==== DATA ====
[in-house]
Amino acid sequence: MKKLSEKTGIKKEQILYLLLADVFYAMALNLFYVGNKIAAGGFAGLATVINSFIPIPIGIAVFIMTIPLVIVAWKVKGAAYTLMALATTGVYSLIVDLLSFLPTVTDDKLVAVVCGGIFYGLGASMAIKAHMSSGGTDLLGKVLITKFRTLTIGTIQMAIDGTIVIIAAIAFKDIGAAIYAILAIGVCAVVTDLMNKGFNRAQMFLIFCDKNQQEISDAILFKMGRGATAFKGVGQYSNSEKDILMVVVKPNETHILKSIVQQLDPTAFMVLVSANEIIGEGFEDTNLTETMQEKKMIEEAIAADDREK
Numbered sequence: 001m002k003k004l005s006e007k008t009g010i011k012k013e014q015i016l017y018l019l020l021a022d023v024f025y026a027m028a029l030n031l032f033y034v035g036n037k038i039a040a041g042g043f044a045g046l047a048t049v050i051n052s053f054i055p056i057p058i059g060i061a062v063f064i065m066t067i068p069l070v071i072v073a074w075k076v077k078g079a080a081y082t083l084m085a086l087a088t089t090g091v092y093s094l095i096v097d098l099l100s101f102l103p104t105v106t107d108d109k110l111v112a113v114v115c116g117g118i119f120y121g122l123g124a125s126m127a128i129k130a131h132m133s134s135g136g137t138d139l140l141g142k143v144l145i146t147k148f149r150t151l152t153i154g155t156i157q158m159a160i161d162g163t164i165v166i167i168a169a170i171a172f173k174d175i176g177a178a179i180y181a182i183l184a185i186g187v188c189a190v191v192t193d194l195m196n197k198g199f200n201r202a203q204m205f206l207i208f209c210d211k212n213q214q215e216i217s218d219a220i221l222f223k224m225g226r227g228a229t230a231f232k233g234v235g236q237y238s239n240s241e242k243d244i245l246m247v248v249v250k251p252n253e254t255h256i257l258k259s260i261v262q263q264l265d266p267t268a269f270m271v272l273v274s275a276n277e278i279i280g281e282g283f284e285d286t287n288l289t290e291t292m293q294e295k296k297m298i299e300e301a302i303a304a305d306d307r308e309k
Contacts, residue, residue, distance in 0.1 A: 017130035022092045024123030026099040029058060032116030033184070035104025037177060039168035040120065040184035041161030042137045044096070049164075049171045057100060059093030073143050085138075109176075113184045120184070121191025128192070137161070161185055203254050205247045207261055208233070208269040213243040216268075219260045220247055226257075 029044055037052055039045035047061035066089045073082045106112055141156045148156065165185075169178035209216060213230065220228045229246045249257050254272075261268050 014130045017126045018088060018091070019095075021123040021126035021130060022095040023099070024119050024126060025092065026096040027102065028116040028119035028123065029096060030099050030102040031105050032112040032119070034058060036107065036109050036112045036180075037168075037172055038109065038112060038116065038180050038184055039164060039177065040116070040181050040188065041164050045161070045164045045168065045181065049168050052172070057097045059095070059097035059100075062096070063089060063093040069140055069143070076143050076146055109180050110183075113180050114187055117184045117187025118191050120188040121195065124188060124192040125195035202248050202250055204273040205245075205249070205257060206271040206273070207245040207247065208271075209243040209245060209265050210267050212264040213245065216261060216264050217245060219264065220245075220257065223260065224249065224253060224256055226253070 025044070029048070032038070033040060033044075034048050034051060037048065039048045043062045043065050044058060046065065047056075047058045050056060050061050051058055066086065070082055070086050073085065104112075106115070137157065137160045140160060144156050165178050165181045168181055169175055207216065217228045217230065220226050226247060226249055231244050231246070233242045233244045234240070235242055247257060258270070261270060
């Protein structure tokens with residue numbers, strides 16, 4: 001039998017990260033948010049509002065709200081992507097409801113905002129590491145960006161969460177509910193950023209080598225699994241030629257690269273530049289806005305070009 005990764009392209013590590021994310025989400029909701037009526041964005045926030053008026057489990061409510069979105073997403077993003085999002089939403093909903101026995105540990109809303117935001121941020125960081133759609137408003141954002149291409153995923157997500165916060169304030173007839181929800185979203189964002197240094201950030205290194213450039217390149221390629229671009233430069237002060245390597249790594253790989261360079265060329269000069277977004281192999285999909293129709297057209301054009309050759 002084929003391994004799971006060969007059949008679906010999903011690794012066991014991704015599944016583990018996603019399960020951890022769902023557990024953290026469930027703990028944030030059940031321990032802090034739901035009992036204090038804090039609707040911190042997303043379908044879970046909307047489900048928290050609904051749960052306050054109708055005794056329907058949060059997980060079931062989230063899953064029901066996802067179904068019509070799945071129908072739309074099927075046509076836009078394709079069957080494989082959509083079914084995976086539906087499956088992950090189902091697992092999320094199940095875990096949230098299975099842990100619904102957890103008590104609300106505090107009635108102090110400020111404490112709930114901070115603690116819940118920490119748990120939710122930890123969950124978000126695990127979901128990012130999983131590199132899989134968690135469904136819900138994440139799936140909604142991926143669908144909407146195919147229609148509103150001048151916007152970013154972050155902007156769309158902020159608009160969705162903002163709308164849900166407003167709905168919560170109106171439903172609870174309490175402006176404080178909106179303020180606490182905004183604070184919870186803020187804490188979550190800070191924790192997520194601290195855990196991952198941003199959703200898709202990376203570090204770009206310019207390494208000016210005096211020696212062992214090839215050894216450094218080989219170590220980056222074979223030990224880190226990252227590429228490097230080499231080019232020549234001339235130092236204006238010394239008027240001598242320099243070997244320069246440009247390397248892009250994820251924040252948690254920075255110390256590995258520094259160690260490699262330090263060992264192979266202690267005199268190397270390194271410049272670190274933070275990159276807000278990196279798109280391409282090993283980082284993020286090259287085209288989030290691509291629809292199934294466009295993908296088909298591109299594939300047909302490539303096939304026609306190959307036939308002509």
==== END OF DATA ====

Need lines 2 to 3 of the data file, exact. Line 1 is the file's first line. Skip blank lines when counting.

Amino acid sequence: MKKLSEKTGIKKEQILYLLLADVFYAMALNLFYVGNKIAAGGFAGLATVINSFIPIPIGIAVFIMTIPLVIVAWKVKGAAYTLMALATTGVYSLIVDLLSFLPTVTDDKLVAVVCGGIFYGLGASMAIKAHMSSGGTDLLGKVLITKFRTLTIGTIQMAIDGTIVIIAAIAFKDIGAAIYAILAIGVCAVVTDLMNKGFNRAQMFLIFCDKNQQEISDAILFKMGRGATAFKGVGQYSNSEKDILMVVVKPNETHILKSIVQQLDPTAFMVLVSANEIIGEGFEDTNLTETMQEKKMIEEAIAADDREK
Numbered sequence: 001m002k003k004l005s006e007k008t009g010i011k012k013e014q015i016l017y018l019l020l021a022d023v024f025y026a027m028a029l030n031l032f033y034v035g036n037k038i039a040a041g042g043f044a045g046l047a048t049v050i051n052s053f054i055p056i057p058i059g060i061a062v063f064i065m066t067i068p069l070v071i072v073a074w075k076v077k078g079a080a081y082t083l084m085a086l087a088t089t090g091v092y093s094l095i096v097d098l099l100s101f102l103p104t105v106t107d108d109k110l111v112a113v114v115c116g117g118i119f120y121g122l123g124a125s126m127a128i129k130a131h132m133s134s135g136g137t138d139l140l141g142k143v144l145i146t147k148f149r150t151l152t153i154g155t156i157q158m159a160i161d162g163t164i165v166i167i168a169a170i171a172f173k174d175i176g177a178a179i180y181a182i183l184a185i186g187v188c189a190v191v192t193d194l195m196n197k198g199f200n201r202a203q204m205f206l207i208f209c210d211k212n213q214q215e216i217s218d219a220i221l222f223k224m225g226r227g228a229t230a231f232k233g234v235g236q237y238s239n240s241e242k243d244i245l246m247v248v249v250k251p252n253e254t255h256i257l258k259s260i261v262q263q264l265d266p267t268a269f270m271v272l273v274s275a276n277e278i279i280g281e282g283f284e285d286t287n288l289t290e291t292m293q294e295k296k297m298i299e300e301a302i303a304a305d306d307r308e309k